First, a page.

Odds are over the last few months you’ve probably noticed an uptick in musical performances online that feature several performers in multiple locations, or even one performer playing multiple parts by themselves. You know, the videos that often look a bit like the opening sequence of the Brady Bunch? These kinds of socially distanced performances are one of the more creative and endearing ways artists have responded to the pandemic, continuing to make music with their friends and colleagues while at the same time inviting us into their respective homes and studios.
Music Academy alums (and siblings!) Maddalena and Jacopo Giacopuzzi perform “together” from Santa Barbara and Italy
During the first half of the Music Academy Remote Learning Institute (MARLI), you’ve already been treated to six such performances, and there will be more to come. The sudden proliferation of this kind of videos is certainly of the moment, necessitated by closures, cancelations, and the need to social distance. The techniques behind them, though, are staples of recording practice.
To paraphrase an oft-used proverb, a performance over a thousand miles begins with a single recording. Musicians in separate locations simply cannot perform together in real time. They can have the fastest internet connection, the best computer money can buy, and a team of technical experts on hand and still it wouldn’t make a difference. There will always be some level of delay. And so, you begin by recording a single part. If the performing forces are small—two people, for example—this can be as “simple” as starting with the piano part and then having the soloist record themselves playing along with it (simple is in scare quotes because, truly, none of this is simple). Sometimes, musicians may also use a click track, a metronome recording that keeps them honest when it comes to tempo.
Once all the parts are recorded, the editor’s job begins. Whether it’s a professional recording expert or the musician themselves, the task is more or less the same. The individual recordings are layered one on top of another until the piece is complete, turning any number of totally separate performances into one cohesive whole. It’s important to make sure that everything lines up just so. A fraction of second difference here or there can easily create a cacophonous racket!
As the size of the ensemble grows, so too does the level of difficulty involved in this process. Over the next couple of weeks, the Music Academy Concert Hall Online will feature two large-scale performances recorded in this fashion: a brass and percussion recording of Aaron Copland’s Fanfare for the Common Man and a full orchestral performance of the last movement of Joseph Haydn’s Symphony No. 104. In the case of the Copland, Music Academy trumpet faculty Paul Merkelo recorded his part first. This was distributed to the fellows along with a metronome click track, at which point they each separately recorded their own individual parts. The Haydn performance started with both a click track and a guide track, as well. In this case it was conductor Christian Reif and his brother Thomas Reif—on piano and violin, respectively—providing the foundation.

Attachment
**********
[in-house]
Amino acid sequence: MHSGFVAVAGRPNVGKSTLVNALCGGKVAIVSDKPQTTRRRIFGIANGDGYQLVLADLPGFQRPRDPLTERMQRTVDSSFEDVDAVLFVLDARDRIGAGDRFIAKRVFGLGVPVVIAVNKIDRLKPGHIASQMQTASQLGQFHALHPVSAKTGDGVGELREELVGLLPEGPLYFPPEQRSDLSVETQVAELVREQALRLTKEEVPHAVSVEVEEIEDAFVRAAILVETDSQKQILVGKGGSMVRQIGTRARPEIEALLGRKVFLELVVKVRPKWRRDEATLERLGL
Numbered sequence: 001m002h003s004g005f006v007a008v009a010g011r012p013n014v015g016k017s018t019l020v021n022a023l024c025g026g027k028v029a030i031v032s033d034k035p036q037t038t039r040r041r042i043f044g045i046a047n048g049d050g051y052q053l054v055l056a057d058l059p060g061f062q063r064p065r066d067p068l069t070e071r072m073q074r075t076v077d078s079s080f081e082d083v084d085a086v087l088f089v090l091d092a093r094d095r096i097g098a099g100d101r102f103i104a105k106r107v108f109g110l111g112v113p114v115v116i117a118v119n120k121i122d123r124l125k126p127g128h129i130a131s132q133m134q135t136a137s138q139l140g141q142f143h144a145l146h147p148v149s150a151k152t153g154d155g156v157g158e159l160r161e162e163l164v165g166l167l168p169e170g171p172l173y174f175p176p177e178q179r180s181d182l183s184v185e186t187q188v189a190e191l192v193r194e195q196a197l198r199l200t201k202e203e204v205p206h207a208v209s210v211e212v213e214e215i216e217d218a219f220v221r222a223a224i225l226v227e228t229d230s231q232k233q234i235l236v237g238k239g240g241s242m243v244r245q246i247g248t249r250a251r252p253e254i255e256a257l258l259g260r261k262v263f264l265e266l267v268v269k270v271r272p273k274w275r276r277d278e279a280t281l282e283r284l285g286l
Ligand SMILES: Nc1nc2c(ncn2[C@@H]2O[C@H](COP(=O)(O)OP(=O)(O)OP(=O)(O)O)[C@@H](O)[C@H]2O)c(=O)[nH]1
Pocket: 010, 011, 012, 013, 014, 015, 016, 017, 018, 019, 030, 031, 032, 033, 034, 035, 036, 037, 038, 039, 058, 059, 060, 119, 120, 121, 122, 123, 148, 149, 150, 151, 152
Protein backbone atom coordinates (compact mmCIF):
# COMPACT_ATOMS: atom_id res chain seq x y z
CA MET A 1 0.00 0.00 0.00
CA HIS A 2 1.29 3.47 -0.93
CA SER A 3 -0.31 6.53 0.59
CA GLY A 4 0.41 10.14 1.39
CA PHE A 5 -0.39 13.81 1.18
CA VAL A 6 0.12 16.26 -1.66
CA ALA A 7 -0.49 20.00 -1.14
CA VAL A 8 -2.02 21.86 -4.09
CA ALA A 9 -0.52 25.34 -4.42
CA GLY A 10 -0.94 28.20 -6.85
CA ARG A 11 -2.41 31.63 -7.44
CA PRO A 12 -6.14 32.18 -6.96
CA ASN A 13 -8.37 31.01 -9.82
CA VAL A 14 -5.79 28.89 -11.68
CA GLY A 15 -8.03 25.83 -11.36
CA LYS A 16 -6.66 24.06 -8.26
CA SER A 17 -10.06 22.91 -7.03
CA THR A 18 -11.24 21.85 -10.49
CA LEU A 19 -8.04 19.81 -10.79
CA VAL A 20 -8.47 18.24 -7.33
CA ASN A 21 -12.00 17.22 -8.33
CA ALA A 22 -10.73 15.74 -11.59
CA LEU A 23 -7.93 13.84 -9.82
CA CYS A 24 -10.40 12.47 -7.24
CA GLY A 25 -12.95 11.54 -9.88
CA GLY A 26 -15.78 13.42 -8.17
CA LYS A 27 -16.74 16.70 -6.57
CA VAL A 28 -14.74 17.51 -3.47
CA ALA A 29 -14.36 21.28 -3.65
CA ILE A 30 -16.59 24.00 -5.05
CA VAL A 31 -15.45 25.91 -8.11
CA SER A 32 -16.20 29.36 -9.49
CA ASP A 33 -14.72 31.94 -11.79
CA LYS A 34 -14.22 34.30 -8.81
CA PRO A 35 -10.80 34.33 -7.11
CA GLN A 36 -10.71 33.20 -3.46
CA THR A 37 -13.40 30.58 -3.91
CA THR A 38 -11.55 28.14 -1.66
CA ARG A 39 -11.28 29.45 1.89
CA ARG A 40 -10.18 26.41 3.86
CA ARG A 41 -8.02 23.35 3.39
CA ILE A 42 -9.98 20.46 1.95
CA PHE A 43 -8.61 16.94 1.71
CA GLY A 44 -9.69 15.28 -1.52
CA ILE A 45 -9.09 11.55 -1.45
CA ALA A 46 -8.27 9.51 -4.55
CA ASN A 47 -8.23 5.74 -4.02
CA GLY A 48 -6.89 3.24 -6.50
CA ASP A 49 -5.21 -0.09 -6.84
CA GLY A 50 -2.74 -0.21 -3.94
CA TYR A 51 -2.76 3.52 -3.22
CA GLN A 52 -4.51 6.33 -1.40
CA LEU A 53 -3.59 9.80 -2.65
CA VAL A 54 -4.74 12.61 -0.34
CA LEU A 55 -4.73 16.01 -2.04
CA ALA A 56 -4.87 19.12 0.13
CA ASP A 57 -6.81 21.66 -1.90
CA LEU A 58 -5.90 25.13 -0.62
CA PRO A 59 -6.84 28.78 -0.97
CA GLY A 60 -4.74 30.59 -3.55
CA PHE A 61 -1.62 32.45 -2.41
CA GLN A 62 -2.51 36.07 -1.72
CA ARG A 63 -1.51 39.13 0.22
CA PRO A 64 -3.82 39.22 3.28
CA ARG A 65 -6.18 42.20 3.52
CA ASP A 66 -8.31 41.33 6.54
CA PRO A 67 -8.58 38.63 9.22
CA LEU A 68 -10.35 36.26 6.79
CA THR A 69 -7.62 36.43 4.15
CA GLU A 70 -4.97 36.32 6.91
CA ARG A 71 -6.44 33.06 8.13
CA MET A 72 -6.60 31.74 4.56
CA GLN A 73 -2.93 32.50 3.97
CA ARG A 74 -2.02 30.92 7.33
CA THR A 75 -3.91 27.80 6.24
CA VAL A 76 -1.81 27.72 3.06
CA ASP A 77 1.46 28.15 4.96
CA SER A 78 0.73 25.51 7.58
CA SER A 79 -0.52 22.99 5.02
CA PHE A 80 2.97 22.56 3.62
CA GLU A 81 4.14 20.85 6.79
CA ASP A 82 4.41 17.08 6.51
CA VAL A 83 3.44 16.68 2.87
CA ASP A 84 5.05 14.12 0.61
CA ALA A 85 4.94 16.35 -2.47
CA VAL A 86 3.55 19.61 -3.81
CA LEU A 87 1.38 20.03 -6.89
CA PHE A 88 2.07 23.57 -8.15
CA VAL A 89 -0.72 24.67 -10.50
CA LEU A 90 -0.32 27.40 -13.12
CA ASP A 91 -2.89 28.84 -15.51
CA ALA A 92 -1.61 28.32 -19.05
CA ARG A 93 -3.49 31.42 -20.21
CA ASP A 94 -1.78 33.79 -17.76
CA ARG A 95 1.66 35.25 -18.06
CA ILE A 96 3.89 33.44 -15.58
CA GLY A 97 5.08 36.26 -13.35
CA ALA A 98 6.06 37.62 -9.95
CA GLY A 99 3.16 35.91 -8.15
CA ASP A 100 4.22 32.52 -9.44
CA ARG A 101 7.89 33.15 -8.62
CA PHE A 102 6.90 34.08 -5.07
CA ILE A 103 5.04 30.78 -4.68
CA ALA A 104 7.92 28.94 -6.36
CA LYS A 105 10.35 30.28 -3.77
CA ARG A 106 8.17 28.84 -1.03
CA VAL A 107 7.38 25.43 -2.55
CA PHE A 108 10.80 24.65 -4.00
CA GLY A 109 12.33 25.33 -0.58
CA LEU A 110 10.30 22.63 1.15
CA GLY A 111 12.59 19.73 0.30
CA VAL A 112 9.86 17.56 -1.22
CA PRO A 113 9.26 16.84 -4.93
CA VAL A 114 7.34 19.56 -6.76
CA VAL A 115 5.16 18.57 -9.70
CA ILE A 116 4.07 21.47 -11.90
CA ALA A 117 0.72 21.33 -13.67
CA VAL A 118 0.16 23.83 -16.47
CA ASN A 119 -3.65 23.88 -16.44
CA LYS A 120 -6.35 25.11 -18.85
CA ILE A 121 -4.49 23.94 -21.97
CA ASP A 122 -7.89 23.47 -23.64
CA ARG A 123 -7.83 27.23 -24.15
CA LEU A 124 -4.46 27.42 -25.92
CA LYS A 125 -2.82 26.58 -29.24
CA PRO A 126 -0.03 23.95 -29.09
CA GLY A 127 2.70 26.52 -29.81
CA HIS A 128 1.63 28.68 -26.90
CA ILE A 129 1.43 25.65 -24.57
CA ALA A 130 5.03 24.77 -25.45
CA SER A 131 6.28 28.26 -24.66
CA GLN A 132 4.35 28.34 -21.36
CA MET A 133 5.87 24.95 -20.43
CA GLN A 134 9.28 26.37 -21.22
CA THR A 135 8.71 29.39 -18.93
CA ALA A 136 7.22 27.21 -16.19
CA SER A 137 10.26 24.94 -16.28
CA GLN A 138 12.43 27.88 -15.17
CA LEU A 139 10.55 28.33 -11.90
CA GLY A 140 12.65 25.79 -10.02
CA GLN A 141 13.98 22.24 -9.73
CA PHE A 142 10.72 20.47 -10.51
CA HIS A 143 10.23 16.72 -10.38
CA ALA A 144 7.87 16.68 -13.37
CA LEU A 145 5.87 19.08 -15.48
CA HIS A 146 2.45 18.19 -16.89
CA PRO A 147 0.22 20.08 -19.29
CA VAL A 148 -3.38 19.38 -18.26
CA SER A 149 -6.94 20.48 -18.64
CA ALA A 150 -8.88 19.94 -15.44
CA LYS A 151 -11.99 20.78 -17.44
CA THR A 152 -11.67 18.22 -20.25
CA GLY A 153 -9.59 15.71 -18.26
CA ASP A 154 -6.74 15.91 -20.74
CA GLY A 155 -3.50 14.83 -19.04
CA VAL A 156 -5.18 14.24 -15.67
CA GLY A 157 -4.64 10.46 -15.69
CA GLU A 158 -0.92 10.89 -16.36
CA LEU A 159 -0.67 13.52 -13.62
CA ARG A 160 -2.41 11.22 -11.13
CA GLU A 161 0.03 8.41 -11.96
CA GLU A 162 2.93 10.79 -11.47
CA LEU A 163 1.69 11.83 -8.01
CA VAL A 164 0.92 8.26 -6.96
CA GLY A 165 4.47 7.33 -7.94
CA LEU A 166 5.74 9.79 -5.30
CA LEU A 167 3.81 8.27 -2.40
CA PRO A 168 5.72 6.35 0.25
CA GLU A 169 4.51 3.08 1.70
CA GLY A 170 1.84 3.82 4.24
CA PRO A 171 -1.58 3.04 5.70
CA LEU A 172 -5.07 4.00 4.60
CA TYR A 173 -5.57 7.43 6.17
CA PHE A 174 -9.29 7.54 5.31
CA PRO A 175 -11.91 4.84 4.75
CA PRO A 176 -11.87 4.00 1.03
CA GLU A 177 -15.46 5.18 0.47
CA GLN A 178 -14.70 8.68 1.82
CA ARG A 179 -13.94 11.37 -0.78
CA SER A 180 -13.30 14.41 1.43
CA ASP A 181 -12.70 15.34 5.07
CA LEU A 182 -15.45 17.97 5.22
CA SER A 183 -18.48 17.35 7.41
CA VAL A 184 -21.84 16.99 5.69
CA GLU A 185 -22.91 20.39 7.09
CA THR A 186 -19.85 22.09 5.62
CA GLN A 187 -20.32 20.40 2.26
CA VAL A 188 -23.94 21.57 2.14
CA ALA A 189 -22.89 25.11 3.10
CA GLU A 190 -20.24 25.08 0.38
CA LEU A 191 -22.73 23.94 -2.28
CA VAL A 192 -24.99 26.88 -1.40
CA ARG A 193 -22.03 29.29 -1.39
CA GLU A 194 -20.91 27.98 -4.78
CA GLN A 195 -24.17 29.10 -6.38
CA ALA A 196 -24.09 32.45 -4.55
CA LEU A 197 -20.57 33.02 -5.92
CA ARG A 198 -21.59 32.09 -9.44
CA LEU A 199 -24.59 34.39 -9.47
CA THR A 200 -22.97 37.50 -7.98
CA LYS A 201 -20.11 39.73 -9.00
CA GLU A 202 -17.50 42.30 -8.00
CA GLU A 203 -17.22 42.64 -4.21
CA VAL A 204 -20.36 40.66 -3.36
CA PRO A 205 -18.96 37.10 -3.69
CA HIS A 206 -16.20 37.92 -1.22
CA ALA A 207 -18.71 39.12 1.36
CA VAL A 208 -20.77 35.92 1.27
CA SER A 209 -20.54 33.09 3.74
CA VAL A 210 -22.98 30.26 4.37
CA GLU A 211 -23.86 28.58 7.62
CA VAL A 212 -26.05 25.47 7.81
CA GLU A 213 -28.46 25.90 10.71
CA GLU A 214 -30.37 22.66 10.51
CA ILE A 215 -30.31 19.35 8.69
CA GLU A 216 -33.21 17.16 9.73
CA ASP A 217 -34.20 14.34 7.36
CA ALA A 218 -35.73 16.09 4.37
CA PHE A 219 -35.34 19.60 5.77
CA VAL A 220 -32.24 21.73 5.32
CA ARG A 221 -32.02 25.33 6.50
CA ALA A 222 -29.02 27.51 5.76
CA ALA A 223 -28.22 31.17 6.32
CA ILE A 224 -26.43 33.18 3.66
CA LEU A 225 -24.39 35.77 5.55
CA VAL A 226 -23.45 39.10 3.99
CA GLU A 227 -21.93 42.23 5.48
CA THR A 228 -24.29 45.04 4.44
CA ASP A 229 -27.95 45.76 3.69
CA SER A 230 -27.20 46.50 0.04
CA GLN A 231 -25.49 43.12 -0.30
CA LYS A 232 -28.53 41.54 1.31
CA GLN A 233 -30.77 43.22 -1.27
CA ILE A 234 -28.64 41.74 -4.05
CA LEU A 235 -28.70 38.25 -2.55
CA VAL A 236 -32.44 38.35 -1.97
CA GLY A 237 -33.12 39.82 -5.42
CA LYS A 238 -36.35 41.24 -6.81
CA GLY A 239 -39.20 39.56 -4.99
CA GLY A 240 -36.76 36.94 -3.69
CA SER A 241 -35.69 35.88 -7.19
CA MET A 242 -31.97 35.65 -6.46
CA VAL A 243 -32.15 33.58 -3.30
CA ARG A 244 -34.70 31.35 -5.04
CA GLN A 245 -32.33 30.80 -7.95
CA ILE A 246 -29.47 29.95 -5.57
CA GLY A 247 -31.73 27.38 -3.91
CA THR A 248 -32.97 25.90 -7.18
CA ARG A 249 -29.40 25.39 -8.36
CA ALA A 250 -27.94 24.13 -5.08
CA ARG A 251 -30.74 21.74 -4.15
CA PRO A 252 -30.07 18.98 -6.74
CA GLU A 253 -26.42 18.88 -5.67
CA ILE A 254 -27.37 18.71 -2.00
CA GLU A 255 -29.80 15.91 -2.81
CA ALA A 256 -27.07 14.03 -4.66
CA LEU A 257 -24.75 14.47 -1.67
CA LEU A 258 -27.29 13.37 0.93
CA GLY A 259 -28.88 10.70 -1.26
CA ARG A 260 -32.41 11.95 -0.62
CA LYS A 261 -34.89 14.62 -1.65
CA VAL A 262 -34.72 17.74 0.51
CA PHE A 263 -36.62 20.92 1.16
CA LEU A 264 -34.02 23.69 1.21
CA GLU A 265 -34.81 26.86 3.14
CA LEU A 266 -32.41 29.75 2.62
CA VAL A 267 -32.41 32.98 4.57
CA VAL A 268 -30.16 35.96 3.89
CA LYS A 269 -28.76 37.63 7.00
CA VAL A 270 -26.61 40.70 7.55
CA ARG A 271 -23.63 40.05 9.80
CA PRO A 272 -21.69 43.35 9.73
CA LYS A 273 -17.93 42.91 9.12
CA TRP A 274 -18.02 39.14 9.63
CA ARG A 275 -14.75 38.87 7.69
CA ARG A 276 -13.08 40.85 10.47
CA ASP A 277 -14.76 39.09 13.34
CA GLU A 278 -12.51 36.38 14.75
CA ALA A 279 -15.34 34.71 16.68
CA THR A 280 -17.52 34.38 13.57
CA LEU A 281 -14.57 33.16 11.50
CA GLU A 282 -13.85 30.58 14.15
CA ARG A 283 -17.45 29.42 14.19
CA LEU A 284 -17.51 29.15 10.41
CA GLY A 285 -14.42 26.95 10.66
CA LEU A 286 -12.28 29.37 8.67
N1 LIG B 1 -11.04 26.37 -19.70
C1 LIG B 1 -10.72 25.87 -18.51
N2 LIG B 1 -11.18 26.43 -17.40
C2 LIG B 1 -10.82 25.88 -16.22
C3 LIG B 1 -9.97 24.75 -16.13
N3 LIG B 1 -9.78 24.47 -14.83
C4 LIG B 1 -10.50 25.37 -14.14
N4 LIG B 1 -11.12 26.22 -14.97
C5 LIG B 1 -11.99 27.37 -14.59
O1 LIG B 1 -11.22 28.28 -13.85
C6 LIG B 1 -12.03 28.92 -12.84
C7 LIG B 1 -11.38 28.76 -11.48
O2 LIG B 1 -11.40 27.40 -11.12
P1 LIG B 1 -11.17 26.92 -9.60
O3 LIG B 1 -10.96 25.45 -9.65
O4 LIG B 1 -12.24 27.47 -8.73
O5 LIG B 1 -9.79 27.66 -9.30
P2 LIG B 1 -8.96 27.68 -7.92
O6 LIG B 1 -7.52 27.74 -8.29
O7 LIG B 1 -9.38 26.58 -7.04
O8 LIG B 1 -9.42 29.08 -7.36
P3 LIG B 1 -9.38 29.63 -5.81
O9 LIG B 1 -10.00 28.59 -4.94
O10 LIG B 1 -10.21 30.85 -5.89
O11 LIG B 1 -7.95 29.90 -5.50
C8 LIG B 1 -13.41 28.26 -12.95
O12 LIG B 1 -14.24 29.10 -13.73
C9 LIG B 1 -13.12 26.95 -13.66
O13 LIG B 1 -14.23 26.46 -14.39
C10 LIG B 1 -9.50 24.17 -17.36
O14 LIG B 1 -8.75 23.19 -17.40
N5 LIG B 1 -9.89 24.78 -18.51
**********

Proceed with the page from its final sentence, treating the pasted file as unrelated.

Ava Conway accompanies herself in a Virtual Picnic Concert performance
The videography aspects of these performances can be as simple or as complex as the artists desire. Indeed, in a world where these split-screen concerts are fast becoming part of the new normal, musicians are increasingly focusing on the visual aesthetics of their performances alongside the musical ones. Joyce Kwon’s video of that was featured on the Concert Hall Online (pictured here) is a perfect example. Kwon, who along with Todd Reynolds recently spoke to the fellows about using technology to combine musical and visual artistry, recorded herself singing all parts of the song, which were then edited into a choir of Joyce Kwons. Both the upcoming Copland and Haydn performances are being overseen by professional directors and editors, who will use moviemaking magic to turn beautiful musicianship into stunning all-around artistic products.
From a technical standpoint, these methods are all tried and true staples of the recording industry—it’s how basically every studio album is made. So, while learning about these techniques right now might be an unanticipated necessity for our fellows, these are good skills to know in general, skills they can and will use in a post-pandemic world. Think about this as you watch these performances. Remember that in addition to being beautiful entertainment for you, they are also training opportunities—both musical and technical—for the fellows involved.
– Henry Michaels
Resonance editor, Audience Services and Community Access Manager, Music Academy of the West